The film acts as an origin story for David and very nicely leaves the possibility for a sequel. Is that something you're planning to do?

You know, I really love the characters and I love the world. We just teased the possibilities of what can happen in a movie where the characters can teleport and it's done in a realistic manner. So yeah, I got a thousand ideas of where to go with this and I hope I have the opportunity to continue to explore it.

 

 

 

 

 

The Oni Press comic book "Jumper: Jumpscars" that was released this week tells the back-story of David's mother, played by Diane Lane in the film. How much were you involved with the production of the comic and the creating of her story?

I was very minimally involved in the comic book only because it was being done around the time that I was intensively working on "Jumper." I've never done a visual effects film before and I really underestimated how much work it was going to take in terms of finishing the effects. But Simon Kinberg, who wrote "Jumper," was very involved [with the comic] and he would involve me at critical decision moments.

 

The thing that I got real excited about exploring in "Jumper" is a line where Hayden Christianson says to Rachel Bilson, "Why don't we skip the boring parts." Let's cut them out of the movie so there aren't any "boring parts." And any kind of exposition, any kind of back-story goes straight through the drama and the action. It forces the audience to catch up and figure out all the back-story, but it ultimately leaves a lot of room for support material like a comic book to fill in the gaps for people and get them thinking. Having a comic book come out, having support material come out that talks about the larger world is helpful. I'm hoping that once people get into the mindset, they'll come out of the movie and start to fill in some of the gaps.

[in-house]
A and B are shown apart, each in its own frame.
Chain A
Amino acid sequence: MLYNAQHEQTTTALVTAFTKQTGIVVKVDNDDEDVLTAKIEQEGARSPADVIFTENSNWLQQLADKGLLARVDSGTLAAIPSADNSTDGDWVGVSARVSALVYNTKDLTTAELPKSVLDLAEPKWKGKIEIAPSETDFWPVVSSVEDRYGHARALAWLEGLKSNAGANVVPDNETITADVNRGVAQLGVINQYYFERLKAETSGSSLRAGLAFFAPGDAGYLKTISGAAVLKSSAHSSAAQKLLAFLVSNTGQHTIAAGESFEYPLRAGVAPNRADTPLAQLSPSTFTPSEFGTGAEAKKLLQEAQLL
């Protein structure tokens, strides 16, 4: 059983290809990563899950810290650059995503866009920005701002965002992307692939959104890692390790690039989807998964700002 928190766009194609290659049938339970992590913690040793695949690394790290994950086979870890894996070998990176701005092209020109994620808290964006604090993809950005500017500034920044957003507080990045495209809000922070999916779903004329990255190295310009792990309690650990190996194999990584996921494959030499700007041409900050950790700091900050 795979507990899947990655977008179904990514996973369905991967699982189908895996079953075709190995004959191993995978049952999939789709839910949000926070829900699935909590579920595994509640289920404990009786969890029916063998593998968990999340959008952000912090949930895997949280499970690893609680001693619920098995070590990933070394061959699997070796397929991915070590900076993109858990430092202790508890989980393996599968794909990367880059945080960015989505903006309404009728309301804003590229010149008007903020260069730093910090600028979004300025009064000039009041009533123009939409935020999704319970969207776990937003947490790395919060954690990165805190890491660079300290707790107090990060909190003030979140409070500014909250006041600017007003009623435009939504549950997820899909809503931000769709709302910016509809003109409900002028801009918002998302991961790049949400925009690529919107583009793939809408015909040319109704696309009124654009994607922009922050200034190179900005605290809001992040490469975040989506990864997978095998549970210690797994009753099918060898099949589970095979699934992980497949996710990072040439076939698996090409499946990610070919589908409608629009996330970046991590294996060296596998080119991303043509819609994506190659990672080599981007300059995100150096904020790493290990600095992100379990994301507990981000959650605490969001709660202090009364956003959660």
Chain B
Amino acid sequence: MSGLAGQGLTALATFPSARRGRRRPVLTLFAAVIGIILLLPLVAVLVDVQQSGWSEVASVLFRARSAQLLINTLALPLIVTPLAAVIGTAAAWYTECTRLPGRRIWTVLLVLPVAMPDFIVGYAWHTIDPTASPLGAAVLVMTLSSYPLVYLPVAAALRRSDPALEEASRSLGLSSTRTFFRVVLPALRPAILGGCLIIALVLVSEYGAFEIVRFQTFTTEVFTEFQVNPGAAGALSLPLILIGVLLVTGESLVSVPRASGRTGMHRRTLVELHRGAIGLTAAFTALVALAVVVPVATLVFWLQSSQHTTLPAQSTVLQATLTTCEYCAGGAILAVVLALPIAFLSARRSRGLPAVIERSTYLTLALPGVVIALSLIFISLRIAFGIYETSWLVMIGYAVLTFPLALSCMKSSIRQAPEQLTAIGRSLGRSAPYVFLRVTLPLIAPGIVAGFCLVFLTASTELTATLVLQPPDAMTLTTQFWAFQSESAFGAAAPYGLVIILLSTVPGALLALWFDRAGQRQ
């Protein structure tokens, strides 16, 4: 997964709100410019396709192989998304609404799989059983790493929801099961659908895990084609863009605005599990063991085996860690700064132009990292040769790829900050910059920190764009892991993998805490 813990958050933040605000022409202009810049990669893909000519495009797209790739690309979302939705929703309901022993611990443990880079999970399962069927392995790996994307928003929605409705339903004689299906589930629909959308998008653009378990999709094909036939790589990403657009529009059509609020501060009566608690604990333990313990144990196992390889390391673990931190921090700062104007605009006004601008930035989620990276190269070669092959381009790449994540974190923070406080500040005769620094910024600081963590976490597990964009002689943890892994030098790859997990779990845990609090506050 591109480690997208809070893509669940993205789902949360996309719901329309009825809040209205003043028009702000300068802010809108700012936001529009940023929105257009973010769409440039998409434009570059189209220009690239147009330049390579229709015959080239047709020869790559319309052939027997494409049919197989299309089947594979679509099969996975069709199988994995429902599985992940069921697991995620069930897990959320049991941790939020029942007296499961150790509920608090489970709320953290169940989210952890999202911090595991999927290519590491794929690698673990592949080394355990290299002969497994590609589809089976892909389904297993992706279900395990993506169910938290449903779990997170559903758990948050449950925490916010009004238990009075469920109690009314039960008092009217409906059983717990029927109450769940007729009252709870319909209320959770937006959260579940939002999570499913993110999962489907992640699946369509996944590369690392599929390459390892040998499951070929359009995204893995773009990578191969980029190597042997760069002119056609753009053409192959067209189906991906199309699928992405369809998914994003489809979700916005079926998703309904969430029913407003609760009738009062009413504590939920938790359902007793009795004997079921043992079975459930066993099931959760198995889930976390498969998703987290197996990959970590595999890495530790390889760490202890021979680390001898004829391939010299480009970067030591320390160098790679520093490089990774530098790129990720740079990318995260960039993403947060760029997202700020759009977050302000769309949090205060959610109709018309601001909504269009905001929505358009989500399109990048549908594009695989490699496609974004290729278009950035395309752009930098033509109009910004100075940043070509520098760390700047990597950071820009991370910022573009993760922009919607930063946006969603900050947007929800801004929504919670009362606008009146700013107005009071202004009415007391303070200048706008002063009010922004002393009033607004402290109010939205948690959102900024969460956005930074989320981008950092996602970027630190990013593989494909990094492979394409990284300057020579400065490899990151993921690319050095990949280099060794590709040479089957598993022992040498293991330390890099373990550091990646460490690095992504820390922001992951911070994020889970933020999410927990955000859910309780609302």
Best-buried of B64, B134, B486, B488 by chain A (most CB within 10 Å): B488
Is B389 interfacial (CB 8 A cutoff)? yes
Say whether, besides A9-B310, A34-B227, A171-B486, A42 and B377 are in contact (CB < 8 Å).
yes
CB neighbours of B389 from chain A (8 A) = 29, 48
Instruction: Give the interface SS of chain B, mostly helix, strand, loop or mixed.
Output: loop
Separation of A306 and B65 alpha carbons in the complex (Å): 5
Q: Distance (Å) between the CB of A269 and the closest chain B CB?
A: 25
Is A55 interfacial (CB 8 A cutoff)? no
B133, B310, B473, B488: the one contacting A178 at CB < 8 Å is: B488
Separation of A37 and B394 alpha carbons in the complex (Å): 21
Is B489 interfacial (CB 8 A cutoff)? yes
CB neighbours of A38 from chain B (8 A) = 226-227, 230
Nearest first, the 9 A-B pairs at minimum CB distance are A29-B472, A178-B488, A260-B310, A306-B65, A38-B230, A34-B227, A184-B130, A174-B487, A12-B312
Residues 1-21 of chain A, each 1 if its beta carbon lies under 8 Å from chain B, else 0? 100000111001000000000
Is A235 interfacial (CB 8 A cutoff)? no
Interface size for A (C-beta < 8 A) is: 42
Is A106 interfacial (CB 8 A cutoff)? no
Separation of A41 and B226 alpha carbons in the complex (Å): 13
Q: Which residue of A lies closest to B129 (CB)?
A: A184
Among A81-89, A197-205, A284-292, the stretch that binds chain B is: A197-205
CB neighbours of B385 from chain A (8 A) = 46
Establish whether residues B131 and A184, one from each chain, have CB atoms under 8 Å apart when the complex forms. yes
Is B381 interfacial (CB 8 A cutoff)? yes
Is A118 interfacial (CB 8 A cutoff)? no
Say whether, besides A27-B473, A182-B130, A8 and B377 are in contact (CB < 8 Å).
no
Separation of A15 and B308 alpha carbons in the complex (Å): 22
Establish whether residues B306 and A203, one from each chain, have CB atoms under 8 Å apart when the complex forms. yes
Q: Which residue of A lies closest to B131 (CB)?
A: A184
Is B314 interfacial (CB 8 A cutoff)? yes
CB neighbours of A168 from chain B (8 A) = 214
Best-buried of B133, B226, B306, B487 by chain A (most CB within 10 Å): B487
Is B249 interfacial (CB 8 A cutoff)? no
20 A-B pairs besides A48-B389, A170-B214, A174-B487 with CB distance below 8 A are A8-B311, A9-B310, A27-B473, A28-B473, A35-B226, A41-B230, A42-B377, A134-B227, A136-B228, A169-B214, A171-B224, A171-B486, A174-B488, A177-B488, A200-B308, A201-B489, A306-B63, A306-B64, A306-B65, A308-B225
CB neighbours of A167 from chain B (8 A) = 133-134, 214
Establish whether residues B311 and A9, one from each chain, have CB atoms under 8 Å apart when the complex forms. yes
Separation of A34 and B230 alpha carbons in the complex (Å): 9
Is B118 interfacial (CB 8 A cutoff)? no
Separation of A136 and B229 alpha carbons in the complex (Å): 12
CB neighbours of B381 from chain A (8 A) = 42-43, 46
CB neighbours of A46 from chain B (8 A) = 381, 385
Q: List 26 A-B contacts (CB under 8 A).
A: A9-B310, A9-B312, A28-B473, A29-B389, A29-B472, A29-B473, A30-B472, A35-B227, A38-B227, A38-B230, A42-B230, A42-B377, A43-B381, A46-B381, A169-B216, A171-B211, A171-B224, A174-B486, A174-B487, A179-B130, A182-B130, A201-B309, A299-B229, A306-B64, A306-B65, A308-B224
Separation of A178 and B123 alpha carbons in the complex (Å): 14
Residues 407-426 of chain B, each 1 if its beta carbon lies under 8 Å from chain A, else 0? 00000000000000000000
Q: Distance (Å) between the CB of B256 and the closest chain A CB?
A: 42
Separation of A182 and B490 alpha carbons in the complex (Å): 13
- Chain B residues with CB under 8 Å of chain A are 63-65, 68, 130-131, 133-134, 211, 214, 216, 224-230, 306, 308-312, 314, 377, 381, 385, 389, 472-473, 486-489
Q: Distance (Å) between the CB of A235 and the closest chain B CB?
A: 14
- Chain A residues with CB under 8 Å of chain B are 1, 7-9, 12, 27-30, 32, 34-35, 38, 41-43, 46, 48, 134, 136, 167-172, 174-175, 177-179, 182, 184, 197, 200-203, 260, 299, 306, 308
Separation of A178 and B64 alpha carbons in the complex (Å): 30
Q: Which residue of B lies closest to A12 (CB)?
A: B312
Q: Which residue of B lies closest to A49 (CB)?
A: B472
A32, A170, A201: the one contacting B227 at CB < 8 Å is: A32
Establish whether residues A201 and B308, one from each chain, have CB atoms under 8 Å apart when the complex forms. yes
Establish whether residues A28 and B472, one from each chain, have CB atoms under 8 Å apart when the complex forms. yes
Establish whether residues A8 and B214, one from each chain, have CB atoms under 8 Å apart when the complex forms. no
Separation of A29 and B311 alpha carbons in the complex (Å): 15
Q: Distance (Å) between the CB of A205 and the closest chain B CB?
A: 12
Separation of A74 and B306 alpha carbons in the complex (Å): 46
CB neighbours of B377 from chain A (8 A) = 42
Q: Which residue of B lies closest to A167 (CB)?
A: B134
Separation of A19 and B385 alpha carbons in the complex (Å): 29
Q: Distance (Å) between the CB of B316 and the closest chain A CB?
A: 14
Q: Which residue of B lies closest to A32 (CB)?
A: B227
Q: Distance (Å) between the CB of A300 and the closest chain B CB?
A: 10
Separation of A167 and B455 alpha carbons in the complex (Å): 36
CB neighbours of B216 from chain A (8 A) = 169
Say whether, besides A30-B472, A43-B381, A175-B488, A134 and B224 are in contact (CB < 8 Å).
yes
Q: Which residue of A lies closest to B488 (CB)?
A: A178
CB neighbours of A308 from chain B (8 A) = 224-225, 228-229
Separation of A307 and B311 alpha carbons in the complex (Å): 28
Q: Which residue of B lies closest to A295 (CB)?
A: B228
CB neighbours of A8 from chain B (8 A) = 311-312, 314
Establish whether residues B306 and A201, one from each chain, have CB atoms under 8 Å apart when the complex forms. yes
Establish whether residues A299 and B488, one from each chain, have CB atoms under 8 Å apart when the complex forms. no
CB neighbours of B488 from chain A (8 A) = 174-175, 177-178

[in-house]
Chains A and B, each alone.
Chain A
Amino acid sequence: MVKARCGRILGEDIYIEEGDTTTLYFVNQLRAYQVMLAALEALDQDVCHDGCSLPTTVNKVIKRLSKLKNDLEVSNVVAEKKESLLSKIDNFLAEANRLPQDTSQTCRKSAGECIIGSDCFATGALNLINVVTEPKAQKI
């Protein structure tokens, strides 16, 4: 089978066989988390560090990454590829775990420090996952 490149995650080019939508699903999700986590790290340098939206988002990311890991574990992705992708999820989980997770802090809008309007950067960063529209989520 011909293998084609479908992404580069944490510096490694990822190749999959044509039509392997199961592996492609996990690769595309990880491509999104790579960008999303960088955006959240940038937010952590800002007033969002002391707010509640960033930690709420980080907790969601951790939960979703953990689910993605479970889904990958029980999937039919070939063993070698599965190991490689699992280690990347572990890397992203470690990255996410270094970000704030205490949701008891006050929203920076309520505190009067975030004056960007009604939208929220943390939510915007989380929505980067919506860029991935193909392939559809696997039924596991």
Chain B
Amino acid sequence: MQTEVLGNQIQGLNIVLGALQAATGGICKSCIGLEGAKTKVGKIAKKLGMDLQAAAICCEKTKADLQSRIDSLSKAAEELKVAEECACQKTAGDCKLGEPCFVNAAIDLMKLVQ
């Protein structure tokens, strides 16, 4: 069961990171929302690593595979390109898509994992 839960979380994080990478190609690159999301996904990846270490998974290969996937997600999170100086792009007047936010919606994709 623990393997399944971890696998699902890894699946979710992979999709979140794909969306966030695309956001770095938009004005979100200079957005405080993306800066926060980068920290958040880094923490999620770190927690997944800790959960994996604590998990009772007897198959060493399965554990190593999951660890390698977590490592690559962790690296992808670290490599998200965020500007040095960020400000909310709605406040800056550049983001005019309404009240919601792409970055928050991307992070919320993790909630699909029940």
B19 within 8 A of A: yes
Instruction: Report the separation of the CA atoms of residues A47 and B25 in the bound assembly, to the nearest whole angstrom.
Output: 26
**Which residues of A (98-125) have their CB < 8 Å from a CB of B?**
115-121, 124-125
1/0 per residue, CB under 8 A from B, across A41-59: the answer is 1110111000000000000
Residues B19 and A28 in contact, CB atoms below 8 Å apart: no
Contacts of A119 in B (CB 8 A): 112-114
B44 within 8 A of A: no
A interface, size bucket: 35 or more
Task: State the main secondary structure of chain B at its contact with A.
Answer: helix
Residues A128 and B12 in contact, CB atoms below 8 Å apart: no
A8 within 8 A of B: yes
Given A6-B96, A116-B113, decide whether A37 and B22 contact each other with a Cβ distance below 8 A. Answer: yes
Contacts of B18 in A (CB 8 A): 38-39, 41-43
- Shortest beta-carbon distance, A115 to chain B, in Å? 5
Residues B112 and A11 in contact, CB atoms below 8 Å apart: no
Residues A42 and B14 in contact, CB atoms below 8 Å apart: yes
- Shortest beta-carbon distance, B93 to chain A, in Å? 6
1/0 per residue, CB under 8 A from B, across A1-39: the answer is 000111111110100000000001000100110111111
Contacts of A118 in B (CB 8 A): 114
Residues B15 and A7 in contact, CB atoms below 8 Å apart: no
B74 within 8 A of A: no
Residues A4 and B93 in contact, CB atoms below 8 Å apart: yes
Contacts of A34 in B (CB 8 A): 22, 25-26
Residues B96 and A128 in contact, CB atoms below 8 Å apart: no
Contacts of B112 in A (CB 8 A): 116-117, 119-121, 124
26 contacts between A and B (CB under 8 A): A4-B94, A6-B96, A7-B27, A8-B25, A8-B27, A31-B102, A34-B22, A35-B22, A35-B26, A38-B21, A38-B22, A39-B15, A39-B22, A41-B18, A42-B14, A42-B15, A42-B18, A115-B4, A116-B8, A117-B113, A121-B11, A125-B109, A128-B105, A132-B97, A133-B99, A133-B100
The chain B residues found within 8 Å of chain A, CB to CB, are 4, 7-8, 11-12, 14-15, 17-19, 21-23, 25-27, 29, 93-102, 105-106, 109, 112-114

Doug Liman on the set of "Jumper"

 

I knew it was going to be really fast paced, because if you're doing a film about people who can teleport, they themselves are editing out the boring parts of their lives. So it's going to move at a thousand miles an hour. And given how fast it is going to move, when the movie ends people can run it back for themselves and fill in all the things that I laced throughout because all the information is actually there. But having a comic book gets people in the right mindset.

 

Why do you think comic book fans will enjoy "Jumper?"

I think they'll enjoy it because it's not like any of those other [comic book movies]. It's a totally fresh take. It takes place in the real world and what if someone got this power? Not if someone lives in a world where you get a super power, you throw on a cape and put on little underwear like Superman does. Who do you know that would actually put on a cape if they got a super power? Nobody you know would do that.

 

You're the executive producer of the "Knight Rider" TV movie that airs this Sunday at 9pm on NBC. Last week, it was announced that Will Arnett ("Arrested Development"), who was going to be the voice of KITT, had to step down and Val Kilmer will be taking his place. Can you tell us anything about that?

Every time I have a [last minute] casting change on one of my movies, I've always benefited from that. The audience has always benefited from that and Val Kilmer is just incredible. They'll love it.